The Coronavirus Aid, Relief, and Economic Security Act (CARES Act)
- March 31, 2020
- Posted by: Hansen_Sweeney
- Category: News
The Coronavirus Aid, Relief, and Economic Security Act (CARES Act) was signed into law by the President on March 27, 2020.
Please see below a summary of the major individual tax provisions in the Act which may apply to you:
Recovery rebate credit (stimulus payments)
- A one-time refundable, advanceable credit of $1,200 per individual ($2,400 for joint filers), plus an additional $500 per child who qualifies for the child tax credit.
- Most taxpayers are eligible for the credit, however, non-resident aliens, anyone claimed as a dependent, and taxpayers who do not have SSNs are ineligible.
- The credit is based on adjusted gross income (AGI) and household composition information on the taxpayer’s 2019 tax return. The payment amount falls by $5 for every $100 in income above $75,000 ($112,500 for head of household and $150,000 for joint filers).
- The Treasury Department will advance the credit as soon as possible. It will be mailed to the taxpayer’s last known address, unless the taxpayer authorized direct deposit or direct debit on their 2018/2019 US tax return, in which case they’ll receive the payment electronically.
- People on Social Security are also eligible for the stimulus (coronavirus relief payment), as long as their total income does not exceed the limit. Low income Americans on Social Security who do not need to file a tax return, as long as they received an SSA-1099 FORM (THE Social Security benefit statement), will receive the payment via the usual way they get their Social Security payments.
- People excluded from the payment are the wealthy, non-resident aliens (foreigners who do not hold a green card) and dependents who can be claimed on someone else’s tax return.
- Eligible individuals may take penalty-free COVID-19 related distributions of up to $100,000 from retirement plans or IRAs during 2020. Distributions can be repaid within the three-year period beginning on the day after the distribution is received.
- An eligible individual is one who is diagnosed with COVID-19 by a CDC-approved test, or whose spouse or dependent is diagnosed with the illness, or who is experiencing adverse financial consequences as a result of being quarantined, furloughed, or laid off; or having to provide childcare because of a school or day-care closure, or having to close or reduce operating hours of a business.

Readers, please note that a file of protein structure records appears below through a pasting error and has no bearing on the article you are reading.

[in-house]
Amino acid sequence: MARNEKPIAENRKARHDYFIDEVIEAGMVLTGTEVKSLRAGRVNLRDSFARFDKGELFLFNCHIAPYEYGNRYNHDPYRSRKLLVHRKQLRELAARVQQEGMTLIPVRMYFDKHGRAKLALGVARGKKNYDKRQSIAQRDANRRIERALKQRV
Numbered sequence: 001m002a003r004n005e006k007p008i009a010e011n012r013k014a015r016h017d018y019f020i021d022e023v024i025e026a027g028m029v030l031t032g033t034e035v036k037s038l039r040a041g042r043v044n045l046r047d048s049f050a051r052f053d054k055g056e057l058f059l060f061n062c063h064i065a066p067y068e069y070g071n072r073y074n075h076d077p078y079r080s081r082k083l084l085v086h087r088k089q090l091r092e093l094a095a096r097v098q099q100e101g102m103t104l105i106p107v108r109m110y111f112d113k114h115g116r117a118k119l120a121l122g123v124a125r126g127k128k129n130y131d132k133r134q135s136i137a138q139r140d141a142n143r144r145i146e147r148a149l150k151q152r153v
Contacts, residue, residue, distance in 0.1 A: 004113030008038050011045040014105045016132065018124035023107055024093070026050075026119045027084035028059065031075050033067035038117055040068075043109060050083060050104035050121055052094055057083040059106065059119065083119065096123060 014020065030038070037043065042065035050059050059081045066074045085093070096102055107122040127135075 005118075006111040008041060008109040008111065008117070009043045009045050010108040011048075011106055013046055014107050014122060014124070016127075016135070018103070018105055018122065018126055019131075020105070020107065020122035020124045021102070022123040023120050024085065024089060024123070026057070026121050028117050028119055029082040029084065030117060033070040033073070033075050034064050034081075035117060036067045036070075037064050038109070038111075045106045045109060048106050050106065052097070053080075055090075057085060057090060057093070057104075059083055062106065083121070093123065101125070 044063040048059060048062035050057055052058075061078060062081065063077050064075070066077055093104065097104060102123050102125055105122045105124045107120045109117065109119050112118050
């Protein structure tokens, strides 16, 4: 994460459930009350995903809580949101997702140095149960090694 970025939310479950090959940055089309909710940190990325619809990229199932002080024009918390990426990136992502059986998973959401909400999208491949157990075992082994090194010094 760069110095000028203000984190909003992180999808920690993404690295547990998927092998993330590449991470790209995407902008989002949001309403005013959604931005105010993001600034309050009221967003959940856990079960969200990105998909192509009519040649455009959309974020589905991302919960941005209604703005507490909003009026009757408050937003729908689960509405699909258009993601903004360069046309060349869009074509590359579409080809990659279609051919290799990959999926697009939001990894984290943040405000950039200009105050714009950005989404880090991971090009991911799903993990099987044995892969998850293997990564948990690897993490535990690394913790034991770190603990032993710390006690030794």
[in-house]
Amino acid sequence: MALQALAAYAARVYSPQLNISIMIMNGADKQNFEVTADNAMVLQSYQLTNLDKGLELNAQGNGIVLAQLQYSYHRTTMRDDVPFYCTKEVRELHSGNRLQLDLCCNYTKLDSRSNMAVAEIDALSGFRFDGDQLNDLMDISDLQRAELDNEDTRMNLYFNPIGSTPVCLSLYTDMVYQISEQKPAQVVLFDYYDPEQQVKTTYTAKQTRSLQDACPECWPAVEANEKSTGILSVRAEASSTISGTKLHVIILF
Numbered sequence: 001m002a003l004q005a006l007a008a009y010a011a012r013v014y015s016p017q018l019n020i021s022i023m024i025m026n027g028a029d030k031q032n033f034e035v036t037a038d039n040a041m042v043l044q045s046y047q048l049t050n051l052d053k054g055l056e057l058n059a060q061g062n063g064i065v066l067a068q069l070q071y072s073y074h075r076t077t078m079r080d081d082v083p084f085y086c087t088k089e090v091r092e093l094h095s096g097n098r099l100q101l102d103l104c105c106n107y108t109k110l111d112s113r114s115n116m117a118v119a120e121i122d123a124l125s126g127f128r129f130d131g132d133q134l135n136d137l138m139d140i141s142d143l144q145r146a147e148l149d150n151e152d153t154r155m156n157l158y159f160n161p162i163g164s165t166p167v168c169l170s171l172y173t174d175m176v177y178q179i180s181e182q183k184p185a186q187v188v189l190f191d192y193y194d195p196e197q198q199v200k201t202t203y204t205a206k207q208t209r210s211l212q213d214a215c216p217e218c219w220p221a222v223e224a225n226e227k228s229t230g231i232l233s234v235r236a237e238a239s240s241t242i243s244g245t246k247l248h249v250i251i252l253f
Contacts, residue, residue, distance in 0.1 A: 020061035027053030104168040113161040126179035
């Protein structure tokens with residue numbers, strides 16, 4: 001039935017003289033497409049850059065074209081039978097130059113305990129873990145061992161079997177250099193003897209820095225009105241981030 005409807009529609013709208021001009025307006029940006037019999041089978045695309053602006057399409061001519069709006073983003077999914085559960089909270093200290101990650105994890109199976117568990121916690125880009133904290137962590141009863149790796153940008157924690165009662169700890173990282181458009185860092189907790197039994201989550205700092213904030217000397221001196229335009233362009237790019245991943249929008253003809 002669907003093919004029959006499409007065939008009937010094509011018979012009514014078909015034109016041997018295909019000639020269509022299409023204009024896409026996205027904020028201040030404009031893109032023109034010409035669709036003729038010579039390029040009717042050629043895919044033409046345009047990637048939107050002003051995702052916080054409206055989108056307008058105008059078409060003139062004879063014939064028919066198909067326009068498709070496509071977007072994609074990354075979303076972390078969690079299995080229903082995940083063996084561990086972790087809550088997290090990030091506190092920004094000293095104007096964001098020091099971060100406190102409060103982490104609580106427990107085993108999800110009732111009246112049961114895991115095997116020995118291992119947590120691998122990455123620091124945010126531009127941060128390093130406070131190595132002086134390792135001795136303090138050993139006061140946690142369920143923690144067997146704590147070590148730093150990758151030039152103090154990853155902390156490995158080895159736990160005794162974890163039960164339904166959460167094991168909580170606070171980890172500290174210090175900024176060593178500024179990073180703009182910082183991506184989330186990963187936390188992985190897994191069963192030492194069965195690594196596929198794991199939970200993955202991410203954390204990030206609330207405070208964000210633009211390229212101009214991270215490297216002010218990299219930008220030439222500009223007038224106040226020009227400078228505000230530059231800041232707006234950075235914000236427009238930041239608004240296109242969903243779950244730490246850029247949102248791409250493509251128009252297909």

- Retirement plan loan limits are increased from $50,000 to $100,000 and loan repayment may be delayed up to one year. This provision is effective starting from March 27, 2020 through to September 23, 2020 (i.e. 180 days after the date of enactment).
- The requirement to take required minimum distributions (RMDs) is waived for tax year 2020. The temporary waiver applies to IRAs and 401(k)s, 403(a) annuity plans, 403(b) tax-sheltered annuity plans, and 457(b) state and local government plans.
- The waiver also applies to taxpayers with a required beginning date in 2019 who opted to take their first RMD in 2020 (by April 1) but have not yet done so.
- Beneficiaries subject to a five-year distribution requirement from an inherited IRA will get an extra year to distribute all funds.
- Starting in 2020, taxpayers who do not itemize deductions may take an above-the-line deduction up to $300 for cash contributions to qualified charities. This is a permanent change.
- The 50% of AGI general limitation on cash contributions to qualified charities is temporarily increased. For tax year 2020, taxpayers may contribute up to their AGI. Excess amounts may be carried forward.
- Taxpayers may exclude up to $5,250 from taxable income student loan principal or interest amounts paid by employers.
- The $5,250 cap applies to student loan payments and employer education assistance payments combined.
- Taxpayers may not claim the student loan interest deduction for employer-paid interest.
- The provision is effective starting from March 27, 2020 through to the end of 2020.